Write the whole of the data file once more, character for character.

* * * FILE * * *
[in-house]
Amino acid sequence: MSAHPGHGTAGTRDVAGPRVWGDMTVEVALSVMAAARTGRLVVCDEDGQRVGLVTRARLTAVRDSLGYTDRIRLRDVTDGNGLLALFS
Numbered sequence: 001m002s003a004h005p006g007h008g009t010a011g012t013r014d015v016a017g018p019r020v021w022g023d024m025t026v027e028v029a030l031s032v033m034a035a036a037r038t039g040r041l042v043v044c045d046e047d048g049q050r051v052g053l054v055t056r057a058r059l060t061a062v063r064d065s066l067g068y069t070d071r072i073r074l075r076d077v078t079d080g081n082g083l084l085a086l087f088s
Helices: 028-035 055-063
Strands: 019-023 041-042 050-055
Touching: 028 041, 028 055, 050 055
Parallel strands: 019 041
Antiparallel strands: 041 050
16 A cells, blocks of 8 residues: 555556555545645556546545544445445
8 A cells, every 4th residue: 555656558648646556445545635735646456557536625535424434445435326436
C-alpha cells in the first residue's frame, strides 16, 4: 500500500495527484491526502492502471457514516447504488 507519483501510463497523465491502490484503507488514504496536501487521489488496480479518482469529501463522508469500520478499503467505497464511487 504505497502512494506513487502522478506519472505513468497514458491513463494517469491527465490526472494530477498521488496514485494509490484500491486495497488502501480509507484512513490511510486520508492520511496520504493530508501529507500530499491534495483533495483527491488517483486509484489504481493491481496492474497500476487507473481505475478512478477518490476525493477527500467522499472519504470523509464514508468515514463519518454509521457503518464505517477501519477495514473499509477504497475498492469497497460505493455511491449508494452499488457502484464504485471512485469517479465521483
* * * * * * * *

[in-house]
Amino acid sequence: MSAHPGHGTAGTRDVAGPRVWGDMTVEVALSVMAAARTGRLVVCDEDGQRVGLVTRARLTAVRDSLGYTDRIRLRDVTDGNGLLALFS
Numbered sequence: 001m002s003a004h005p006g007h008g009t010a011g012t013r014d015v016a017g018p019r020v021w022g023d024m025t026v027e028v029a030l031s032v033m034a035a036a037r038t039g040r041l042v043v044c045d046e047d048g049q050r051v052g053l054v055t056r057a058r059l060t061a062v063r064d065s066l067g068y069t070d071r072i073r074l075r076d077v078t079d080g081n082g083l084l085a086l087f088s
Helices: 028-035 055-063
Strands: 019-023 041-042 050-055
Touching: 028 041, 028 055, 050 055
Parallel strands: 019 041
Antiparallel strands: 041 050
16 A cells, blocks of 8 residues: 555556555545645556546545544445445
8 A cells, every 4th residue: 555656558648646556445545635735646456557536625535424434445435326436
C-alpha cells in the first residue's frame, strides 16, 4: 500500500495527484491526502492502471457514516447504488 507519483501510463497523465491502490484503507488514504496536501487521489488496480479518482469529501463522508469500520478499503467505497464511487 504505497502512494506513487502522478506519472505513468497514458491513463494517469491527465490526472494530477498521488496514485494509490484500491486495497488502501480509507484512513490511510486520508492520511496520504493530508501529507500530499491534495483533495483527491488517483486509484489504481493491481496492474497500476487507473481505475478512478477518490476525493477527500467522499472519504470523509464514508468515514463519518454509521457503518464505517477501519477495514473499509477504497475498492469497497460505493455511491449508494452499488457502484464504485471512485469517479465521483